The EU’s VAT e-commerce package is simplifying VAT rules on cross-border sales to EU-based customers. This post addresses the package’s final measures, which will affect the supply of services by both EU and non-EU businesses.
In January 2021, the EU will implement new VAT rules on products sold across borders through online platforms such as Amazon and eBay. Companies selling tech gadgets, clothing and other tangible goods to EU-based customers must comply.
Mexico has joined the growing list of countries imposing a digital tax. In this case, Mexico has extended its VAT law to cover certain digital services provided by foreign suppliers.
The EU adopted a VAT Action Plan in 2016, and four so-called “VAT quick fixes” from the plan are going into effect in January. The quick fixes apply to all businesses — both EU- and non-EU-based — that trade in the bloc. We summarize the fixes and tell you how they apply in three common cross-border supply situations.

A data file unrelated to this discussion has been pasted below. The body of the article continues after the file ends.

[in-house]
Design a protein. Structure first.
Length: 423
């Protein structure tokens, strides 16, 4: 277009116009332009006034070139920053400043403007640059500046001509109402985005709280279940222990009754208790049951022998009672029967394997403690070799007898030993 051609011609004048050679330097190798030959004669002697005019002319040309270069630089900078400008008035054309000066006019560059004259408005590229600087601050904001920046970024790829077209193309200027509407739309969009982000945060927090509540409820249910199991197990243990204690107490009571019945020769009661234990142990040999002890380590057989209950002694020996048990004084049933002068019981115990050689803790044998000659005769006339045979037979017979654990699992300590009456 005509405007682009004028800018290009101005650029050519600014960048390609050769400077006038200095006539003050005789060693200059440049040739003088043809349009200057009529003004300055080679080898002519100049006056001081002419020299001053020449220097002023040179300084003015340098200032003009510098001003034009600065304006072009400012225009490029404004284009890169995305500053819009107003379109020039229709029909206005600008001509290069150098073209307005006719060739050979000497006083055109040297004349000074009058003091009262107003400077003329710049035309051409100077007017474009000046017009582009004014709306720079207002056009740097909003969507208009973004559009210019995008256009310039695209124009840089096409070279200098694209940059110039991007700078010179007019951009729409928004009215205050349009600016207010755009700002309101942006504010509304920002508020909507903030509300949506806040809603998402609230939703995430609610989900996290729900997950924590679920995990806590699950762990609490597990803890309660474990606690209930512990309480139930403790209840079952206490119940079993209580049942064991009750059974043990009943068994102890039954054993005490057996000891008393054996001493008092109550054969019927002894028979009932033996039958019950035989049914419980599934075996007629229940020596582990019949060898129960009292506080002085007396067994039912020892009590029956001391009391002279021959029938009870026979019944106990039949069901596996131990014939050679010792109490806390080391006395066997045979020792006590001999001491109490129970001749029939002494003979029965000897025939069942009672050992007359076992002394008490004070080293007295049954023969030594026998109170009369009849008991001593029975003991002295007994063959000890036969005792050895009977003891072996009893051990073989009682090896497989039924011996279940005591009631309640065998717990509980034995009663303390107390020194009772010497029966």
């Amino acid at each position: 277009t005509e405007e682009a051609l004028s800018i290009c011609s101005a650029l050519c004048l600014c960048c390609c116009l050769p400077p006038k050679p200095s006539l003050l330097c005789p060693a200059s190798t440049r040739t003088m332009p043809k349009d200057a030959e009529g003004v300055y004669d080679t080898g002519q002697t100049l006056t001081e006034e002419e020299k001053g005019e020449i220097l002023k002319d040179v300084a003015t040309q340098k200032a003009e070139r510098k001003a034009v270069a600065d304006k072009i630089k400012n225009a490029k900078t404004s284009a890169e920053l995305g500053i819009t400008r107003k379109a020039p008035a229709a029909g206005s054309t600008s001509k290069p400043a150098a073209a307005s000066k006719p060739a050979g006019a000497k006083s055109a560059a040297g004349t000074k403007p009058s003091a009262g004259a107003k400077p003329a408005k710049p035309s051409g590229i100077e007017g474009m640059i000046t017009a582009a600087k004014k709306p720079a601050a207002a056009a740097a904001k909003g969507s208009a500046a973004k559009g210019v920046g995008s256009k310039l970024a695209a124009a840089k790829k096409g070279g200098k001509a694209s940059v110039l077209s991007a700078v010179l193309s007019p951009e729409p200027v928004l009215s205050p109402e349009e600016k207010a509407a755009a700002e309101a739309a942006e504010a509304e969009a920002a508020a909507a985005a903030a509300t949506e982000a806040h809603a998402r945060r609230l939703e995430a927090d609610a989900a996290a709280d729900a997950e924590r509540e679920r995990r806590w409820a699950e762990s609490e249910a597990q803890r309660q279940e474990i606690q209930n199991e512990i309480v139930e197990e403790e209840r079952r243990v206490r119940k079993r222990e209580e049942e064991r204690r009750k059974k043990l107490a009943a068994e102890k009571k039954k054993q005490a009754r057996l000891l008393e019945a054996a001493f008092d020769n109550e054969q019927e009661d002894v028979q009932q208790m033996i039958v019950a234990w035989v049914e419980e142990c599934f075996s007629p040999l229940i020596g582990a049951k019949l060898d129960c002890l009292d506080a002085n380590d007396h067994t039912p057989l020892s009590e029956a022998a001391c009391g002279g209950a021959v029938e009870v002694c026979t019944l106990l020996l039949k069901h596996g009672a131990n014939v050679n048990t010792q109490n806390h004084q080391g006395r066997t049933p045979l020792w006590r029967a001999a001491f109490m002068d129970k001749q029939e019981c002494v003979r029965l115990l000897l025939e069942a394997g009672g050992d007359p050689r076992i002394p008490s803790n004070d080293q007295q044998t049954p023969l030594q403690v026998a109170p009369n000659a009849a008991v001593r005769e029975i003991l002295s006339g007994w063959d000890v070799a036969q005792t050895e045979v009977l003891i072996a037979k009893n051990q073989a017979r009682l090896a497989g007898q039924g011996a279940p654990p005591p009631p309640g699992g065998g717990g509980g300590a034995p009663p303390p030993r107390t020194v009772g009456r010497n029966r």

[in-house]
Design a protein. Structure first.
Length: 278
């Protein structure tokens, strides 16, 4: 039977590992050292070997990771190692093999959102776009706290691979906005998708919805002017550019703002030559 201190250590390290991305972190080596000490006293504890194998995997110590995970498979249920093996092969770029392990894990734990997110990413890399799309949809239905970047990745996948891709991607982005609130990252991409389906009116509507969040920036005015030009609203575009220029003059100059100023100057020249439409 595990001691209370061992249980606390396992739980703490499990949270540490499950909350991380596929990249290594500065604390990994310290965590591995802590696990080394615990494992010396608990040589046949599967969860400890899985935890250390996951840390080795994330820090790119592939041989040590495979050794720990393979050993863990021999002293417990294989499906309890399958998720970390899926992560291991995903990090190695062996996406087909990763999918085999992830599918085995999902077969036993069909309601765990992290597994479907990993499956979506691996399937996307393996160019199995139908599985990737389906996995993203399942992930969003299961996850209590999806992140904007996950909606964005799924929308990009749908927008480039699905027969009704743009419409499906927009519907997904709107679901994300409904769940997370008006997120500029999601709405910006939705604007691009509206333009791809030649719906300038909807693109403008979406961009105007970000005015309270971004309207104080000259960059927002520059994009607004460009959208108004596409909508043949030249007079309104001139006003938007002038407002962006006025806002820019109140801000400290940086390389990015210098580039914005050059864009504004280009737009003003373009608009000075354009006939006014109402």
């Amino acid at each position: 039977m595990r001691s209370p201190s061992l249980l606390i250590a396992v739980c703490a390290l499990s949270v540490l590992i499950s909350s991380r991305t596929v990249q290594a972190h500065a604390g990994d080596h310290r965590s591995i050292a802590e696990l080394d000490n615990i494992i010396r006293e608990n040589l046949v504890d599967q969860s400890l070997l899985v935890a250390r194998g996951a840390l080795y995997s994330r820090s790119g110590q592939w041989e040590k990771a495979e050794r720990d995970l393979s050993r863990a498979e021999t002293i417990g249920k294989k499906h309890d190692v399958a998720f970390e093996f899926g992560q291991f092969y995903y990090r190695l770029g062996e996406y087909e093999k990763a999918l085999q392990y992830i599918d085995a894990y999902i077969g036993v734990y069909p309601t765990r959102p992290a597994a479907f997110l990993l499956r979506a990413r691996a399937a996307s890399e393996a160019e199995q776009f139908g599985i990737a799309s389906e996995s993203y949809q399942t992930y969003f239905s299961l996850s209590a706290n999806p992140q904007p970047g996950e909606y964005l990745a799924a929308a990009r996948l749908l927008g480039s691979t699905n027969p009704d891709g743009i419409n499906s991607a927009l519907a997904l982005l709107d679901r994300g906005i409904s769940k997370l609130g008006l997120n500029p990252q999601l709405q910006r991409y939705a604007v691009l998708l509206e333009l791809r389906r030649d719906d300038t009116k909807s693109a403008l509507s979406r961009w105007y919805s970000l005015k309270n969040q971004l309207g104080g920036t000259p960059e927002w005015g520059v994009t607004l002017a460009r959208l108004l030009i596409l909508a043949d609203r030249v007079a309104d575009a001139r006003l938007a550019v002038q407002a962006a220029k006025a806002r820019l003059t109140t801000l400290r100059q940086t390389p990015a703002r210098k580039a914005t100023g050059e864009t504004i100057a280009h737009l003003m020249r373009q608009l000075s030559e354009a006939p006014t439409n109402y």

U.S. state sales tax requirements on businesses are complex, vary by state and differ significantly from similar requirements found in other countries. This post outlines the basics of U.S. state sales tax. The information applies to any business — U.S.- or non-U.S.-based, online or brick-and-mortar — that sells to customers in the United States.
In September 2018, Indian authorities ruled that a certain local supplier was providing marketing, sales-promotion and post-sales support services that could not be considered passive marketing activities. Many corporate groups doing business in India will need to reevaluate their indirect tax positions in light of the recent ruling.
B2B e-services providers that sell to customers in Russia need to be aware of changes to Russia’s VAT rules, which take effect January 1. We tell you what businesses need to register, how to register and how to account for VAT in Russia.
We tell you what UK VAT payers can expect to face if the UK can’t reach an agreement with the EU about the terms of its exit.
A parliamentary report estimates the UK throws away 2.5 billion disposable coffee cups each year, “enough to stretch around the world roughly five and a half times.” Fewer than 1 in 400 are recycled. The report recommends a 25p (about 33-cent) levy on coffee cups, part of a trend of European lawmakers addressing the growing problem of single-use plastic waste.